Because that’s who we are!
A short time ago, I wrote a response to a newspaper article in which I’d read. Since the article dealt with a crime that had occurred, the race of the people involved, and the opinions others had combining those two factors, I identified myself as an AFRICAN AMERICAN. One poster, (we’ll call him “uniformed and unenlightened”) stated that he agreed with everything I’d said as it related to the article, but why did I have to identify myself as AFRICAN AMERICAN? He stated that “The peoples of Africa are so diverse, “African” is a meaningless term and the Afrocentric movement is also meaningless. Think of Europe where England and the English people and their history have nothing to with Poland.”
At first, I’ll admit, I was a bit taken aback by this persons audacity to challenge me on why I identify myself the way that I do. A bit later though I realized, that even out of the mouths of the most ignorant the most ingenious things can be realized by those who are wise enough to observe.
In the lives of black people in America, there has been, and still is, a common thread that binds us. That common thread is the fact that “we” are used to having things taken from us.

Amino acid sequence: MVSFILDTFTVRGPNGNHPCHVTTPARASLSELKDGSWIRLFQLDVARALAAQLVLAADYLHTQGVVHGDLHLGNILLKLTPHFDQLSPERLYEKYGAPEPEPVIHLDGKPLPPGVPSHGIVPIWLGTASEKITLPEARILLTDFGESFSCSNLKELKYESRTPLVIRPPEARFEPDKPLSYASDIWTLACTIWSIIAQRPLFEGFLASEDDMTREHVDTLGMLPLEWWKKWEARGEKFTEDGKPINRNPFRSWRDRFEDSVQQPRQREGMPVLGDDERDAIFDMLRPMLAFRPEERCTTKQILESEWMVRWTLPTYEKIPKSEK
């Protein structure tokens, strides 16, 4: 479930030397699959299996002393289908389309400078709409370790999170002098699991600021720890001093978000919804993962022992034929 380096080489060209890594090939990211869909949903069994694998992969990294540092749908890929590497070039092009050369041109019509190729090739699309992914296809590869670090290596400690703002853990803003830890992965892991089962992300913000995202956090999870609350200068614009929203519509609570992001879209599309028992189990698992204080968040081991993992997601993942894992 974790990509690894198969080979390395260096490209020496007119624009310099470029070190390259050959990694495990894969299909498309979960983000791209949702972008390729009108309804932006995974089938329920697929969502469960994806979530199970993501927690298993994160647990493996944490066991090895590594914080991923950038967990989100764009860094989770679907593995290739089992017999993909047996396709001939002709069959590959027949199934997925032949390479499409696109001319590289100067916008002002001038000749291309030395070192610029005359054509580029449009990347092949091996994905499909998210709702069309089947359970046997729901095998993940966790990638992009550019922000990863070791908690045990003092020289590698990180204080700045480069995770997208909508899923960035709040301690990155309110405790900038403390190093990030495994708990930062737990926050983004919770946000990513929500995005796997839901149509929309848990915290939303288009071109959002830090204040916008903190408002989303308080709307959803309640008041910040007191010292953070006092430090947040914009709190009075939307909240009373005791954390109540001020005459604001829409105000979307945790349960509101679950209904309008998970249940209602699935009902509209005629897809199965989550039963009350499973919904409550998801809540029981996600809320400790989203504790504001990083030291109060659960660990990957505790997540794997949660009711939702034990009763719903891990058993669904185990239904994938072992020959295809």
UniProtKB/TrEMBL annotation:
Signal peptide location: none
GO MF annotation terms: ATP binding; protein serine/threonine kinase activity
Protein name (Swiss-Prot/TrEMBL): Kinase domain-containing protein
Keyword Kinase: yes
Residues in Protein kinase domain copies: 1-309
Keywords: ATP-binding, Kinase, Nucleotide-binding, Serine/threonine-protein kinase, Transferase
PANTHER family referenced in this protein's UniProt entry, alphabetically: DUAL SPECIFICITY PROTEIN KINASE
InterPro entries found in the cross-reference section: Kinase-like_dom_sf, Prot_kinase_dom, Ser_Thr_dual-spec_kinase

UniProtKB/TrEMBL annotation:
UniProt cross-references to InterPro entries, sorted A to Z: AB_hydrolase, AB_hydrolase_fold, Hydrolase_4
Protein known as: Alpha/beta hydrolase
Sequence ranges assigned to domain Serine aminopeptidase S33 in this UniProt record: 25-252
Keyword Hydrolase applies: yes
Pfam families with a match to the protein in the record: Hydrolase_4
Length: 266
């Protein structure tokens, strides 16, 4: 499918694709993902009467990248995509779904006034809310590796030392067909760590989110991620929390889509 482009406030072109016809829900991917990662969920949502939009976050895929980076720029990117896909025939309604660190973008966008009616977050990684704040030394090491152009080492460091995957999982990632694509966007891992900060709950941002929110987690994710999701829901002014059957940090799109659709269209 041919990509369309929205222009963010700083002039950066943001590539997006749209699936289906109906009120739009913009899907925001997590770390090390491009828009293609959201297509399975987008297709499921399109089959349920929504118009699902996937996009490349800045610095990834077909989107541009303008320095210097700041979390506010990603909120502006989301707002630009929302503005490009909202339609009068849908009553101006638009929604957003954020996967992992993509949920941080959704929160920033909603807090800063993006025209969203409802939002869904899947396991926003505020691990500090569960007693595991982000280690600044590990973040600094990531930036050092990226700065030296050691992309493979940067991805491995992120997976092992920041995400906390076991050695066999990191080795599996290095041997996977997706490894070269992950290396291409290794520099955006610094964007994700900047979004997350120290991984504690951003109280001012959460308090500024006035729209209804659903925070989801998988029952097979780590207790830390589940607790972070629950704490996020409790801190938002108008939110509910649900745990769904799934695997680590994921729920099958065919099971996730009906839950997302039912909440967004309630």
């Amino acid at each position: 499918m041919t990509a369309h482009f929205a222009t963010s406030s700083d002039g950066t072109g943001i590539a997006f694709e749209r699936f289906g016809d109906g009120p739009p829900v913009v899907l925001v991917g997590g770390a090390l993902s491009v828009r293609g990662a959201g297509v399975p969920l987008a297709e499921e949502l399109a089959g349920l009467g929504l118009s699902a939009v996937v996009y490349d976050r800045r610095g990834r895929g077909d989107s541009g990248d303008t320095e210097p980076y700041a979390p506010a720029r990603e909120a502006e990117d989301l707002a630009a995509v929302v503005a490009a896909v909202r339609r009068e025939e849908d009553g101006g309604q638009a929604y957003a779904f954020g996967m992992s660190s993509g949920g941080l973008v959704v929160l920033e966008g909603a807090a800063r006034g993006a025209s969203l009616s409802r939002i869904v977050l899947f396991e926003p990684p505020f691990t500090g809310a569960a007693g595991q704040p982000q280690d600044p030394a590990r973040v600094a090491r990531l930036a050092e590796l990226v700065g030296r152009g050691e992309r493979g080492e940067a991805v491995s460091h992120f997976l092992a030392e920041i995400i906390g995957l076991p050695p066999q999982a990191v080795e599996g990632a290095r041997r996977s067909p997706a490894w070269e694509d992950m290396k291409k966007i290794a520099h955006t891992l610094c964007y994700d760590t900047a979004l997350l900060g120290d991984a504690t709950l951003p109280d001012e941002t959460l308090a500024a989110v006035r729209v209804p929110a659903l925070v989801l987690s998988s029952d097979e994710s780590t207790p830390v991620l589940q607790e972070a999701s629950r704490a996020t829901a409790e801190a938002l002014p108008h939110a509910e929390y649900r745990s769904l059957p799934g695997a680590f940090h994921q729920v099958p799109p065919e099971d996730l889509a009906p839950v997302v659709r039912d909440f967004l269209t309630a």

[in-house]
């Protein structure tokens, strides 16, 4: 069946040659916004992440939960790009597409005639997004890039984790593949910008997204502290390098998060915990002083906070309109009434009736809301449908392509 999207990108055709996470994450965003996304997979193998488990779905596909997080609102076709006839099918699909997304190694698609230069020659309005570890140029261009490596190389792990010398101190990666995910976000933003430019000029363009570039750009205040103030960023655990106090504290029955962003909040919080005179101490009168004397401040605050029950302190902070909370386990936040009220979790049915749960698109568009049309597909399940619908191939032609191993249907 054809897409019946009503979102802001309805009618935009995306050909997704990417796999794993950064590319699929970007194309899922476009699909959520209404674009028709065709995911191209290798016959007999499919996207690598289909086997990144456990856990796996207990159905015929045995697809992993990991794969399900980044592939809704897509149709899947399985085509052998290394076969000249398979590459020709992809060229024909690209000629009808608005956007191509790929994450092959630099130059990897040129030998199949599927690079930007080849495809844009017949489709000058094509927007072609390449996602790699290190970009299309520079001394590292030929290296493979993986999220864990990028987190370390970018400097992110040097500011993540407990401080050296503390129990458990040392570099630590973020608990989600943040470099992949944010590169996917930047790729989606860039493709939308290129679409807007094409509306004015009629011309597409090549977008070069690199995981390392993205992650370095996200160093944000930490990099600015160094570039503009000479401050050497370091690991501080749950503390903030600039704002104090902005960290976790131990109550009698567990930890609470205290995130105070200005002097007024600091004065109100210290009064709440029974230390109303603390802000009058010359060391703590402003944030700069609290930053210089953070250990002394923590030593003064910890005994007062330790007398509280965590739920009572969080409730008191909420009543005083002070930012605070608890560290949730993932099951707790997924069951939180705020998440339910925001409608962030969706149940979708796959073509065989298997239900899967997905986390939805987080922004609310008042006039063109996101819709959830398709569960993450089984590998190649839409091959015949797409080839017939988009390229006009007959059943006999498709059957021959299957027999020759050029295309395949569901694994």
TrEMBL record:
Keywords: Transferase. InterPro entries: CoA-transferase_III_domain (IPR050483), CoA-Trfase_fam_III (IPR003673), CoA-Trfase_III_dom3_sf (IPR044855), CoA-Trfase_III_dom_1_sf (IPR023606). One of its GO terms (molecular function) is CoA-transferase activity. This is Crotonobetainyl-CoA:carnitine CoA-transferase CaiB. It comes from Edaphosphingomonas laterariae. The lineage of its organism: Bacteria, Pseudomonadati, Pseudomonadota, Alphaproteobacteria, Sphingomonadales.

~ Now before I go into detail about what I mean about the statement I just made let me first say this…. My statement, in no way, is meant to discount Black/African Americans, and the things that they intentionally, unintentionally, purposely, or inadvertently given away. We must claim absolute responsibility for the things that we can control, and given the time that we currently live in, that means, just about everything. We have absolute control of the education we obtain, the way we relate to our neighbors, the way we walk, the way we talk, the jobs we choose, the way we present ourselves to others, the way we raise our children, our response to authority, the things we expose ourselves to, etc. etc. etc. My words are not meant to justify decisions of stupidity, or to blame the “WHITE MAN” for the things that currently happen to us personally, and/or as a community. It is, however, meant and said to remind you of things that must not be forgotten…~